Ska Keller, President of the Greens/EFA group in the European Parliament, met today with Bulgarian journalists in her Brussels home. She presented a 60-page report on corruption in Bulgaria, commissioned by the Green group, and answered their questions.
The report, titled “Combating corruption: from commitment to action”, as a subtitle “The messy fight against corruption in Bulgaria and the need for ambition in the EU institutions”.
While the continued pressure from the European Commission has finally led Bulgaria to adopt a specific anti-corruption law, Ska Keller made it clear the new legislation could do more harm than any good.
“Now with the new anti-corruption law you get a messing up of the structures. Existing structures are now been put in a mess, so different competence that are overlapping, unclear responsibilities and also, very importantly, the protection of whistleblowers that has been totally removed. Another issue is the corruptive behaviour that will be sanctioned, but it’s not clear what corruptive behaviour is. So it can be used to silence or intimidate opponents, media.”
On 28 December the Cabinet took the decision to open construction of tourist facilities in the Pirin national park. This sparked protests in which citizens in many citizens in Bulgarian cities and across Europe participated.
Ska Keller raise the issue when Prime Minister Boyko Borissov presented the priorities of the Bulgarian Presidency of the Council of the EU to the European Parliament.
In reply, Borissov gave his “personal guarantee” that only a second ski lift would be built and nothing else. But she didn’t have the chance to ask a follow-up question.
Asked what her follow-up question would be, she said:
“It is very unclear who the owner is, of this ski-developing company. It seems that it’s someone from Cyprus, unemployed, who is not a public figure. It’s very unclear and it’s the unclearness who owns what and who’s behind what that leads to corruption. Also we know that the developer has used much more space in the Pirin national park than he is allowed to use, like 70% more than he is allowed, an nobody has done anything about that. That is certainly very harmful behaviour, it’s lack of interest on behalf of the state and it’s a really big problem for people and the planet.”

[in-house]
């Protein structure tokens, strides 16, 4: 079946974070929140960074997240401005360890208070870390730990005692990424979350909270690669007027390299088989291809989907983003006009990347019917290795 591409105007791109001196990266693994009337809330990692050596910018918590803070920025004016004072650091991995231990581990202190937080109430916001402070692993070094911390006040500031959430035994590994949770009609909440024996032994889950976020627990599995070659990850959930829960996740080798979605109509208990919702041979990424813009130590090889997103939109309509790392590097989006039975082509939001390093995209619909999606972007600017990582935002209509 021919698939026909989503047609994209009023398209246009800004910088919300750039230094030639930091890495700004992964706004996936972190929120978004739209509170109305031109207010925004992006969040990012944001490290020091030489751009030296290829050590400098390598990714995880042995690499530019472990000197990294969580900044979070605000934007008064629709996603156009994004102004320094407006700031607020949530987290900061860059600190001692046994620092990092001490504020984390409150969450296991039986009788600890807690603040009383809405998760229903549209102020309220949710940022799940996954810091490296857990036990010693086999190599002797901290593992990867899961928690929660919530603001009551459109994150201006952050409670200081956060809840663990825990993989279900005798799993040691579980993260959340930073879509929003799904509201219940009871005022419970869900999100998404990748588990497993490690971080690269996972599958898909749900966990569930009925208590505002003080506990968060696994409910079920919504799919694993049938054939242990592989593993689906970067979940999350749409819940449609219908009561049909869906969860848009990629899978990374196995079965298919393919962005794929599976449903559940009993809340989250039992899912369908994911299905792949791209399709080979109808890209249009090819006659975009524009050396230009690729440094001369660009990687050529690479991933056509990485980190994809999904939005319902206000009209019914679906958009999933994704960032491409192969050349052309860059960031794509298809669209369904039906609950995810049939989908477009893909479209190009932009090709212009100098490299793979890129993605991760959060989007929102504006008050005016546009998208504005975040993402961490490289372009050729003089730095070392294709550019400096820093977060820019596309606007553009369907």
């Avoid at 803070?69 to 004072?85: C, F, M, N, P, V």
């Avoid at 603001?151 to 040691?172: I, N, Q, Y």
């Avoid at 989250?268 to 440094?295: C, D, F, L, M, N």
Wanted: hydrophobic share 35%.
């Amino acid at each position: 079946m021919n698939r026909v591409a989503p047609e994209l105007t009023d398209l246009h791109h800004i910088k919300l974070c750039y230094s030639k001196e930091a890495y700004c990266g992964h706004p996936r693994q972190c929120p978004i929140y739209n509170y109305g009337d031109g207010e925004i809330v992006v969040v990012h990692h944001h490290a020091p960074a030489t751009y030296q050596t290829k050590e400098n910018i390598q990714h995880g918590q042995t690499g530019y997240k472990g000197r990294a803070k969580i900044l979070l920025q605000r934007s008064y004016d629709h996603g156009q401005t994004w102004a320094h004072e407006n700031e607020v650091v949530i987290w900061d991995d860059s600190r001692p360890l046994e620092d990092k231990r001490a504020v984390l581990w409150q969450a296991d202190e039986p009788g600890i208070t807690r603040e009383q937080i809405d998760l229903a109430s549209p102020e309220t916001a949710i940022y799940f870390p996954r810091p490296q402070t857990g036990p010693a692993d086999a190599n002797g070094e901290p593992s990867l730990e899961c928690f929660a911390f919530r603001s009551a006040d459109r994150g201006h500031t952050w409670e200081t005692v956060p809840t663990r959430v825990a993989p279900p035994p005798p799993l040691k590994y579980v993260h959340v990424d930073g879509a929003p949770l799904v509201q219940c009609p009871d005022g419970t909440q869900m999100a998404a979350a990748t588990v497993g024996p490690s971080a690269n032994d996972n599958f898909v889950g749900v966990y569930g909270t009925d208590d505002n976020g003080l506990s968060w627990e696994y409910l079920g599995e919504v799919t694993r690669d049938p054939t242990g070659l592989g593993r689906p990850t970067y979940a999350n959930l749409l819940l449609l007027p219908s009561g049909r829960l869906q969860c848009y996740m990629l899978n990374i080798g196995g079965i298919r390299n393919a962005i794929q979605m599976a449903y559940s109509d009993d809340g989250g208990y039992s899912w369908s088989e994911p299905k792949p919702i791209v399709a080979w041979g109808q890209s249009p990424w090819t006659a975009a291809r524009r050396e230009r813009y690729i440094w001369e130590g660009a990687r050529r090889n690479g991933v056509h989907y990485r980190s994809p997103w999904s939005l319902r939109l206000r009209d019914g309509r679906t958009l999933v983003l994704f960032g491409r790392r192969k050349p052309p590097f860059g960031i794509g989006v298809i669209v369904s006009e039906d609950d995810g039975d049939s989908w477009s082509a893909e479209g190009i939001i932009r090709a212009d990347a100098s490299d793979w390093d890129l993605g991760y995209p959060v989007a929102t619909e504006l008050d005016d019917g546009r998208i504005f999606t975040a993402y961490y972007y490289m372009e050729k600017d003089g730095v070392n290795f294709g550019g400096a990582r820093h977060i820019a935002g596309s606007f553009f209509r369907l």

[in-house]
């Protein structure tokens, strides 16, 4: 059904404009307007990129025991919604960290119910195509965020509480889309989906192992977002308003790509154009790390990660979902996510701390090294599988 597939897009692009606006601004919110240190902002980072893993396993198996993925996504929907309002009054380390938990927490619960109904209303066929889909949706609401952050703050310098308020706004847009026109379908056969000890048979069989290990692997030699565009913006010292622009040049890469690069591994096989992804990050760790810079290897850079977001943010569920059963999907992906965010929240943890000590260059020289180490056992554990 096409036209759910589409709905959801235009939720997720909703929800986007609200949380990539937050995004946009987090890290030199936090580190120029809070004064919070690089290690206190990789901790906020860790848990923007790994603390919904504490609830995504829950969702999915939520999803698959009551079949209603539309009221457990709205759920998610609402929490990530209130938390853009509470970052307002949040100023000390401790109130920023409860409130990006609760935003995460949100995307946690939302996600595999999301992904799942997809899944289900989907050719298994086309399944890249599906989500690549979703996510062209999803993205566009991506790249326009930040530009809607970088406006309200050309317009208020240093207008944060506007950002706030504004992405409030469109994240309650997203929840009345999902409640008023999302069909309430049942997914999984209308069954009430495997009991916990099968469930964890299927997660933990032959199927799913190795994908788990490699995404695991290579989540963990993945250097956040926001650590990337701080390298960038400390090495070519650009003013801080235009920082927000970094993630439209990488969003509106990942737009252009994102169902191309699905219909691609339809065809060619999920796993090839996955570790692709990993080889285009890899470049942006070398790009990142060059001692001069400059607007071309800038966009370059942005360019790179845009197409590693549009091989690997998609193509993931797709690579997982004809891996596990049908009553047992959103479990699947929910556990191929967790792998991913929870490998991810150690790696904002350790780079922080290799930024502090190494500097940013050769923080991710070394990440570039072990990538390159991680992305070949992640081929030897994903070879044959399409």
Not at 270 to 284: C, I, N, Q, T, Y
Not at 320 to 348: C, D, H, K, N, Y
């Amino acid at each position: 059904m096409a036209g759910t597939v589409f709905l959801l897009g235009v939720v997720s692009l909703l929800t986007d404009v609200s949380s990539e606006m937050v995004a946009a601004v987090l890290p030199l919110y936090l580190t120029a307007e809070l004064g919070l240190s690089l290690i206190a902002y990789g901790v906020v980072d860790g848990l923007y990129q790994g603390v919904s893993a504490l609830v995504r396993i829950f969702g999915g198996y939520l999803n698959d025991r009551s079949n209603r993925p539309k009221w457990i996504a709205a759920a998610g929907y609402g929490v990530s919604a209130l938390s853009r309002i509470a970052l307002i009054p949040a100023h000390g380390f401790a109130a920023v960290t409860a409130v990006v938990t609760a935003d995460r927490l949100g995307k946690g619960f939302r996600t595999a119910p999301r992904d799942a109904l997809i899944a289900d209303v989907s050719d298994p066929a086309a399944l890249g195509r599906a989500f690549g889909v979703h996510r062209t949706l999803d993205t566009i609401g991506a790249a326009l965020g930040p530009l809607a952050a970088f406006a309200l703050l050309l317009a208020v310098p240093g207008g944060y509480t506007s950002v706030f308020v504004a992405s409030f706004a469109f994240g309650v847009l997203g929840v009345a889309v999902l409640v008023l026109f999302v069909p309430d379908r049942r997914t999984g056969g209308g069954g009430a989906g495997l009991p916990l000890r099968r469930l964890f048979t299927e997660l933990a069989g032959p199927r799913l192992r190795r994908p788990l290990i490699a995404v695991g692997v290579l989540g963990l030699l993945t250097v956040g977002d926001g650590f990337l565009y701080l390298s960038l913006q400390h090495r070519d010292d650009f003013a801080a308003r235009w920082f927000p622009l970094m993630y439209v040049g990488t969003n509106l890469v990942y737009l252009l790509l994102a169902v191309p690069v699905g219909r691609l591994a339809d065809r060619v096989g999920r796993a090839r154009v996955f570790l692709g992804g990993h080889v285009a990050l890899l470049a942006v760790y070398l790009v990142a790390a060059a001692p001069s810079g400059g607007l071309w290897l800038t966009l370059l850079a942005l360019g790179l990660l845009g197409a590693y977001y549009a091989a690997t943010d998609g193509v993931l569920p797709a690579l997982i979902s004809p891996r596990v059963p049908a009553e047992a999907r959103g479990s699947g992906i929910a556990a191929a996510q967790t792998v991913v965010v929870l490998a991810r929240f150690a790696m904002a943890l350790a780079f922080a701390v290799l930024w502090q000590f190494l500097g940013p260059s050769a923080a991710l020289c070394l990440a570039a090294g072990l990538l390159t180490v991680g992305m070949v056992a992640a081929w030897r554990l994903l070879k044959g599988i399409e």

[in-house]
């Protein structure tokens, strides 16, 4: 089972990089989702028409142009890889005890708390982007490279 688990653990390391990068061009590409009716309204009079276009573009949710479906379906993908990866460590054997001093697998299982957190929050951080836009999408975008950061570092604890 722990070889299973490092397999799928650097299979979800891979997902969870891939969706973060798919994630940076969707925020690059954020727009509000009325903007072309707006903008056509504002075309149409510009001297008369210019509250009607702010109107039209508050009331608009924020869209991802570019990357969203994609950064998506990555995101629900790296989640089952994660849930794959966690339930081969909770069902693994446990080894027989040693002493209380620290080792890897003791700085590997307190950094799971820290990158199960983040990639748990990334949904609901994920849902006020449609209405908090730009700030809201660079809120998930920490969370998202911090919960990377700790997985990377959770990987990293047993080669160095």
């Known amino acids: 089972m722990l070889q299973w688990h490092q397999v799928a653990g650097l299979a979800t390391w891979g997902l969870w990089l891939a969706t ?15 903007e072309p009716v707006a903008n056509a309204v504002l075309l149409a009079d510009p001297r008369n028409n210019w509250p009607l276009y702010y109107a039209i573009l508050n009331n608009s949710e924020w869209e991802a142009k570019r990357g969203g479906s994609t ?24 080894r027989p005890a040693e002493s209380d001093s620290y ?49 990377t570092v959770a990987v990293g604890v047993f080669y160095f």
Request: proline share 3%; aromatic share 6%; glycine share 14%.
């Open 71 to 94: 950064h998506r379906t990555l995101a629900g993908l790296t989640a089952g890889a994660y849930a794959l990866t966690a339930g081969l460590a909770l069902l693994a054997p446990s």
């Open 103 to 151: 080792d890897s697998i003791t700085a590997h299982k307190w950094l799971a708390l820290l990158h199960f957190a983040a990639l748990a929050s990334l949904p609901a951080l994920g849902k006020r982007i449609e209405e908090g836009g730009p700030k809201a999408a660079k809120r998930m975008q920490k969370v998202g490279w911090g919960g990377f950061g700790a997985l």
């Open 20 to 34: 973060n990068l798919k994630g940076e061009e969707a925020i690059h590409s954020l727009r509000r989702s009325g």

Ska Keller was asked about the positions of the Green/EFA group with respect of the Struma motorway. In November 2017 the Bulgarian government announced it will construct an international motorway partially through EU protected wildlife haven Kresna Gorge, threatening tragedy for one of Europe’s most biodiverse nature sites. The plan concerns the last remaining section to be built of the European E79 highway, which links Germany with Bulgaria and Greece, and has been funded with 800m EUR of EU taxpayers money. She said:
“What we will also bring up in the discussion with the ministers in the European Parliament is the issue of the motorway to Thessaloniki that goes through the Kresna gorge. That’s also a protected area, a Natura 2000 area, and again we see that a very important biodiversity area is being destroyed. Because if you build a motorway, you stop all sorts of activity that’s important for biodiversity. And on the top of that the motorway is partly financed by the EU. And we will ask the Commission if they also give money to that specific part that goes through the gorge. But of course it doesn’t really help the issue if they say – ‘oh, for this couple of kilometres we’re not financing it’, because it’s connected to the other bit. And there are proposed alternative proposals on the table.
Asked if she plans to go to Bulgaria, she said:
“I’m very happy if I can support the people. There are thousands of people in Bulgaria who went to the streets. And especially our green party Zelenite, who are very active on these issues for years. I’m looking if I can combine my calendar with future protests, and if it’s at all possible, I’ll go, yes. But we don’t have a date yet.